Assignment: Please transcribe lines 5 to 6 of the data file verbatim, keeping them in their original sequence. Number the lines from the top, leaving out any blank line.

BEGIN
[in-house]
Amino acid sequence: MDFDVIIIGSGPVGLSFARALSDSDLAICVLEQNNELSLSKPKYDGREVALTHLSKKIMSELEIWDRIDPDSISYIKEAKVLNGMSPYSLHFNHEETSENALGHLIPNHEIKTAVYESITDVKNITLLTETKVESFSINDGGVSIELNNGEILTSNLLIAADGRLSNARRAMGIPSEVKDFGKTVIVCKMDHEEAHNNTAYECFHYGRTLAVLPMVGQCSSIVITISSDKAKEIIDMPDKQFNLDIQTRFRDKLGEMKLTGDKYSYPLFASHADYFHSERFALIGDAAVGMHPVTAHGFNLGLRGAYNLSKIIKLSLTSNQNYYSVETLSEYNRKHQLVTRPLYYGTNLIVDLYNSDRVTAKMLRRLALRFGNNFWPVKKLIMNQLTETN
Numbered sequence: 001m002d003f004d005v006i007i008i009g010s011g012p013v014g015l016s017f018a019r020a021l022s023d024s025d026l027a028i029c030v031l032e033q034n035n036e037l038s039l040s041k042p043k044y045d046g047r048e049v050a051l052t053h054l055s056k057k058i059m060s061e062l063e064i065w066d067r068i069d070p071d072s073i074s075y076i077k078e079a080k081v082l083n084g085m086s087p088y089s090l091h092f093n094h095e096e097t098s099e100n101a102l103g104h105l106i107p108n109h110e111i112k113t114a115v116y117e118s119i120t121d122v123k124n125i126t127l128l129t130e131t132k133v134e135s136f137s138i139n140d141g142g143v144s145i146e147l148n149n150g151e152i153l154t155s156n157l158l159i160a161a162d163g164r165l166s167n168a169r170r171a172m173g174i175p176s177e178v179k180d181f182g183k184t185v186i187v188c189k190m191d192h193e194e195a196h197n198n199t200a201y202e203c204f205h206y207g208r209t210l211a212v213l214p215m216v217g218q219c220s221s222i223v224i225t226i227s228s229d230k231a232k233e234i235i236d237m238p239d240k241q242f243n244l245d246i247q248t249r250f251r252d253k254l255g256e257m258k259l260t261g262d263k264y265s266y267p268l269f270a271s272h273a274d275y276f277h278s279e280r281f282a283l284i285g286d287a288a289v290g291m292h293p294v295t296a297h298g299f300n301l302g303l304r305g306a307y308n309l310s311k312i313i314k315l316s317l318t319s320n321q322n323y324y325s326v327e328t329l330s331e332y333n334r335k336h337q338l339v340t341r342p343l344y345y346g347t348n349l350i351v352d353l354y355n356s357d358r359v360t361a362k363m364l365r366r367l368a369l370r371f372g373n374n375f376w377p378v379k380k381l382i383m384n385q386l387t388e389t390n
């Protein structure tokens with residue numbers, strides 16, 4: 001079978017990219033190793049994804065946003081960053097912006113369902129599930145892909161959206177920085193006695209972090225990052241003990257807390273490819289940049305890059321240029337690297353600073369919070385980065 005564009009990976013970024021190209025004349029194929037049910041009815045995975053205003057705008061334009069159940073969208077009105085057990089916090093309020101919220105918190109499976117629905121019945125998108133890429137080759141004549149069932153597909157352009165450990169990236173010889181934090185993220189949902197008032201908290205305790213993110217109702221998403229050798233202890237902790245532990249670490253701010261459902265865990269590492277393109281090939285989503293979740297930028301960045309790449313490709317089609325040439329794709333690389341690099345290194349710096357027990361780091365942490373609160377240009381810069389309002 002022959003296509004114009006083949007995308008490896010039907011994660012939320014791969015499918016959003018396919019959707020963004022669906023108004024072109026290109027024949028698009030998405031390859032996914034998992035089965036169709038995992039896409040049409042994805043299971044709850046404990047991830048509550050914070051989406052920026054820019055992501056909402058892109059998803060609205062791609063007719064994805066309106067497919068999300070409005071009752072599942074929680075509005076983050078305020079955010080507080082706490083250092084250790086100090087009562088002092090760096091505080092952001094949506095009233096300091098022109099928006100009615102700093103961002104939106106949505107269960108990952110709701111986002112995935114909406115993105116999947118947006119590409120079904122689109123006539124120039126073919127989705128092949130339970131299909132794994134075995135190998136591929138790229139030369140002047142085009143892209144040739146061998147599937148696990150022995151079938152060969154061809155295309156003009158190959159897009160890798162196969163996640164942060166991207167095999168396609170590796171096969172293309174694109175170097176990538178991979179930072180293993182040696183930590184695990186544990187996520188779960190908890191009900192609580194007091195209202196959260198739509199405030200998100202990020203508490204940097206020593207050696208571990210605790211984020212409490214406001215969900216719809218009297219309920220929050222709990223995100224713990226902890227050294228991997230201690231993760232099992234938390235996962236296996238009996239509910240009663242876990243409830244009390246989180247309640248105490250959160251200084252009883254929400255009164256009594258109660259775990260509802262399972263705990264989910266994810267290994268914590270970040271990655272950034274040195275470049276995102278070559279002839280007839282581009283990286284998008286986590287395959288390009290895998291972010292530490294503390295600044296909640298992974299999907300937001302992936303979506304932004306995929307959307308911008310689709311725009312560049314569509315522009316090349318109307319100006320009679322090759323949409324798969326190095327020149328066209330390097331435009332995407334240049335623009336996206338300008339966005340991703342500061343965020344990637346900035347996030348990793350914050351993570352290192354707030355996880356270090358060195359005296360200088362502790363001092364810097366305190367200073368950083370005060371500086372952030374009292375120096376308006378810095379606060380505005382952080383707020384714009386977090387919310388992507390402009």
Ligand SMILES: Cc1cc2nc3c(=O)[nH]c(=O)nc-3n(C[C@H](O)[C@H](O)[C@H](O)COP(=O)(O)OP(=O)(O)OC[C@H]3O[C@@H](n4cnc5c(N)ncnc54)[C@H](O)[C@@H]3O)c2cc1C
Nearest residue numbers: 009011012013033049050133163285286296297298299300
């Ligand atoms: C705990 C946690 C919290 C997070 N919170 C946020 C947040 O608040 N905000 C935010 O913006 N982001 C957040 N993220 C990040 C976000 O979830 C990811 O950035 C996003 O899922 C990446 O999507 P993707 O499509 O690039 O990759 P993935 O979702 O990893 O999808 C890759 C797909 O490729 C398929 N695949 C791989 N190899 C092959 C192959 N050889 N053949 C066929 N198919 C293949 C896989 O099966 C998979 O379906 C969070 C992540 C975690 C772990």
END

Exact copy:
Ligand SMILES: Cc1cc2nc3c(=O)[nH]c(=O)nc-3n(C[C@H](O)[C@H](O)[C@H](O)COP(=O)(O)OP(=O)(O)OC[C@H]3O[C@@H](n4cnc5c(N)ncnc54)[C@H](O)[C@@H]3O)c2cc1C
Nearest residue numbers: 009011012013033049050133163285286296297298299300